In all strains examined, the initial transformation of 2,6-DNT produced 3-methyl-4-nitrocatechol via a dioxygenase attack similar to that used by 2,4-DNT degrading strains. During the initial dioxygenation, one of the nitro groups is released. The aromatic ring of 3-methyl4-nitrocatechol was opened by a catechol-2,3-dioxygenase. The remaining nitro group was released in as yet undescribed reactions subsequent to ring cleavage.
Degradation of radiolabeled DNT resulted in the release of 39 to 55% of the initial radiolabel as 14CO2, as well as release of both nitro groups and an increase in protein, which indicates growth of the bacteria. DNT degrading strains remove DNT from aqueous solutions containing as much as 1 mM DNT (the approximate limit of solubility of DNT in water at room temperature), with or without the presence of soil, and with or without the presence of other non-DNT degrading bacteria.
For the treatment of aqueous solutions contaminated with 2,4-DNT and 2,6-DNT, DNT-degrading bacteria were grown under aerobic conditions in batch or continuous process reactors, including but not limited to reactors that retain biomass formed in the culture by attachment of the bacteria to a carrier material or biomass recycling by cross flow filtration. The process was tested in a bench scale fluid bed biofilm reactor (FBBR) using sand or granular activated carbon as the carrier material.
The following examples illustrate the invention:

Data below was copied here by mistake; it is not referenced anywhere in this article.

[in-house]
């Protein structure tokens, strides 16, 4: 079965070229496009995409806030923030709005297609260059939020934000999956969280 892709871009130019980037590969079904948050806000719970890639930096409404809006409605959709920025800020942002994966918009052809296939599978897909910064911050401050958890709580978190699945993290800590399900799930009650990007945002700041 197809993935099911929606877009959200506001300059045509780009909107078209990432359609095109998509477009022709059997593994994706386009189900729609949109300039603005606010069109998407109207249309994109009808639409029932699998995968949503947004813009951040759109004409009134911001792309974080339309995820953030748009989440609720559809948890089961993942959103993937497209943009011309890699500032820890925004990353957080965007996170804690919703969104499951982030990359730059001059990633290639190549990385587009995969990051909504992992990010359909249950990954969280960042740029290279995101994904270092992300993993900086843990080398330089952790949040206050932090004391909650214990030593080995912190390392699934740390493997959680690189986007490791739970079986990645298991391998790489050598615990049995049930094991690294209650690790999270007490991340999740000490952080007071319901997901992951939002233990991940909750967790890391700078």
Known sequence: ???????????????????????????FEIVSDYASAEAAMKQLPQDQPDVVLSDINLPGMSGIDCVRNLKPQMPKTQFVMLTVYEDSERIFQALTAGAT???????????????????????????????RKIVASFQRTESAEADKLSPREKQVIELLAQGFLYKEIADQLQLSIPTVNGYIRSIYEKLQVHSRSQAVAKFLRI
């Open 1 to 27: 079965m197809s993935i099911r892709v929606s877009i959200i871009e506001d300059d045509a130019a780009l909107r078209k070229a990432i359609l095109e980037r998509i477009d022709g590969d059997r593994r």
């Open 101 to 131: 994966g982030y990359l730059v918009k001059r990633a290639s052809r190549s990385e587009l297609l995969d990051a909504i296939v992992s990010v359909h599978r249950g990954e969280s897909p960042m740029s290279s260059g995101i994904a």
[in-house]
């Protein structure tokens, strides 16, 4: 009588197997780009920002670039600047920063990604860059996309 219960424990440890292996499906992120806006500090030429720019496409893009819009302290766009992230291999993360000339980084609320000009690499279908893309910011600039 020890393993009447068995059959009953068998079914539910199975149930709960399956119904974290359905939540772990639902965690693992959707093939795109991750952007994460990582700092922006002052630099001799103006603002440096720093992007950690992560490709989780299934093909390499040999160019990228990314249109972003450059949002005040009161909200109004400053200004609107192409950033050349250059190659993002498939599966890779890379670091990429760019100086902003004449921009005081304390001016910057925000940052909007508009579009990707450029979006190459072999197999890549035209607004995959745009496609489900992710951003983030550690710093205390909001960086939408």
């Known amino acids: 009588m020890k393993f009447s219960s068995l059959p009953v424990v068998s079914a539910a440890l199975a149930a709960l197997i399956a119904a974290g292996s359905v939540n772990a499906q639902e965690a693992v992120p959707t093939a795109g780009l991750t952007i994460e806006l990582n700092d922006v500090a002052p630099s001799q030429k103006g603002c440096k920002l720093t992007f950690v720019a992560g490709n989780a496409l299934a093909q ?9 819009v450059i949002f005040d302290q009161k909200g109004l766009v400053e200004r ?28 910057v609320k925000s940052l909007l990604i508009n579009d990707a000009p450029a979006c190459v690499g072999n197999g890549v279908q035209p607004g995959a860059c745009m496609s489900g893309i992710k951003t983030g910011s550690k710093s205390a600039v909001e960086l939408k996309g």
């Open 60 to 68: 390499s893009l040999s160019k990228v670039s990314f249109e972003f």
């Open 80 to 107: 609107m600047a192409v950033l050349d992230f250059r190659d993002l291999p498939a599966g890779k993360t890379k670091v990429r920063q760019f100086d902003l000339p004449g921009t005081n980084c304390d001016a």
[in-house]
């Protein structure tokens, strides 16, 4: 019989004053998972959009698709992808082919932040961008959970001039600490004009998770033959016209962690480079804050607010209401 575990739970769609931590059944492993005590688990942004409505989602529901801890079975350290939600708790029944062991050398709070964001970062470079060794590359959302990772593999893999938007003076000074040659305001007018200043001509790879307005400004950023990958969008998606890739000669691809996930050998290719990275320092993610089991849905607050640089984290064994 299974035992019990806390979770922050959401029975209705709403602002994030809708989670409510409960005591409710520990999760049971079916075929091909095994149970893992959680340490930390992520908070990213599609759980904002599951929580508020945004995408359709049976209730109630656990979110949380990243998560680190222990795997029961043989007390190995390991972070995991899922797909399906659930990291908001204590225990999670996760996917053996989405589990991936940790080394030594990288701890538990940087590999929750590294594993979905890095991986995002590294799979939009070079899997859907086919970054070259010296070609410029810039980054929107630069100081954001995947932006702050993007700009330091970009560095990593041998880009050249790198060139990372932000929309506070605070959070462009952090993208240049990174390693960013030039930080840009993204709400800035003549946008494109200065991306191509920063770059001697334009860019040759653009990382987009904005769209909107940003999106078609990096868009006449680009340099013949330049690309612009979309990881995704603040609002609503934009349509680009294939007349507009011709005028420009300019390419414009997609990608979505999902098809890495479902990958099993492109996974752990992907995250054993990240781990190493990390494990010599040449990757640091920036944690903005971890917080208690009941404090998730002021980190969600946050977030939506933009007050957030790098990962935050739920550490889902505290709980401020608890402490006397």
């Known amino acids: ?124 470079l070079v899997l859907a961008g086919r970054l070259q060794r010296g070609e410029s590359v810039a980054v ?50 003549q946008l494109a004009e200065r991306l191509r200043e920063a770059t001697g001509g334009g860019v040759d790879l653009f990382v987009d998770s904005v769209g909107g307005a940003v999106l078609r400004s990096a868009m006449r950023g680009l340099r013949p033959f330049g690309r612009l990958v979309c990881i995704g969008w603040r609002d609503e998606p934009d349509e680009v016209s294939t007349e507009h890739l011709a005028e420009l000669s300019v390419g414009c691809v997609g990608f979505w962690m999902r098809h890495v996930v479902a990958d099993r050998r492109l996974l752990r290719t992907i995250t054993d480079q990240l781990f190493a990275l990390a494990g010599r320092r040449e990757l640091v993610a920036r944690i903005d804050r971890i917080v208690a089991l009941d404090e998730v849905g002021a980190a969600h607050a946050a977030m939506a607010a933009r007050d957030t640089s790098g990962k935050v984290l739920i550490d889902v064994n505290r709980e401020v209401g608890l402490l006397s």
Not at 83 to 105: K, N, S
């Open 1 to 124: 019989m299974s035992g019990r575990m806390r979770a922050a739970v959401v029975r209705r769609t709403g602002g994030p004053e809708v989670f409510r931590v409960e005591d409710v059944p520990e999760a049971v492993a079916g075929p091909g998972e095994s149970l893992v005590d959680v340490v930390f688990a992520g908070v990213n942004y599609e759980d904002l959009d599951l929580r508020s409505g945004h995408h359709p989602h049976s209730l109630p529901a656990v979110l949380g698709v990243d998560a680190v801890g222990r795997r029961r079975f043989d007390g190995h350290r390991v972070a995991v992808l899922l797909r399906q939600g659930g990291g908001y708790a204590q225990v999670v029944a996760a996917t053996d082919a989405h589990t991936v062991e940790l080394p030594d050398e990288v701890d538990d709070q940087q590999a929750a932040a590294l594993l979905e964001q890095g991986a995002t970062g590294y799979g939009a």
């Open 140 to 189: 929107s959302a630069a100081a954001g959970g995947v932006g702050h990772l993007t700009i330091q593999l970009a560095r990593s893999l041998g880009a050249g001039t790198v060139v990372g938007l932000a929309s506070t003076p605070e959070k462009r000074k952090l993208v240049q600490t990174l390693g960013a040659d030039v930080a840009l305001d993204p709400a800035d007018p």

Burkholderia cepacia JS872, a 2,4-DNT degrading strain, and Hydrogenopha palleronii JS863, a 2,6-DNT degrading strain, were combined in non-sterile 10% (w/v) soil slurries containing 2,4DNT (800 μM) and 2,6-DNT (200 μM). The total volume of soil slurries was 25 ml in 250 ml shake flasks equipped with glass centerwells. Initial biomass of JS872 and JS863 added was 0.36 and 0.40 mg/ml of protein. The soils which were mixed together and passed through a 20 mesh sieve, were from a variety of sources with no history of DNT contamination. Three cultures also received radiolabeled 2,4-DNT, and three received radiolabeled 2,6-DNT. One of each of these cultures was sterilized with HgCl2 (2.5 μg/ml). Additional flasks with added DNT and radiolabel, but no DNT-degrading strains, were used as controls. 200 μl of 5N KOH was added to the centerwell of each flask. Flasks were sealed and incubated at 30° C., with shaking at 150 rpm. Daily samples were collected for analysis of 2,4-DNT, 2,6-DNT, NO2 − and radiolabel in culture fluid, as well as 14CO2 trapped in KOH. The KOH was replaced daily. Results are shown in FIG. 1. Both 2,4- and 2,6-DNT became nondetectable in the culture fluid within 48 h. Two mol of nitrite were released per mol of DNT degraded, indicating complete degradation of DNT. Over 40% of the initial radiolabel was trapped as 4CO2, indicating levels of mineralization well within the ncrm for growth substrates. Control cultures released no NO2 −; 14CO2 and DNT concentrations in the culture fluids remained unchanged. When Burkholderia cepacia JS922, a strain which can degrade 2,4- and 2,6-DNT simultaneously, was used in soiil slurries during the same experiment, results were similar. This example demonstrates that cultures of specific DNT-degrading strains mineralize high concentrations of DNT within a short time period.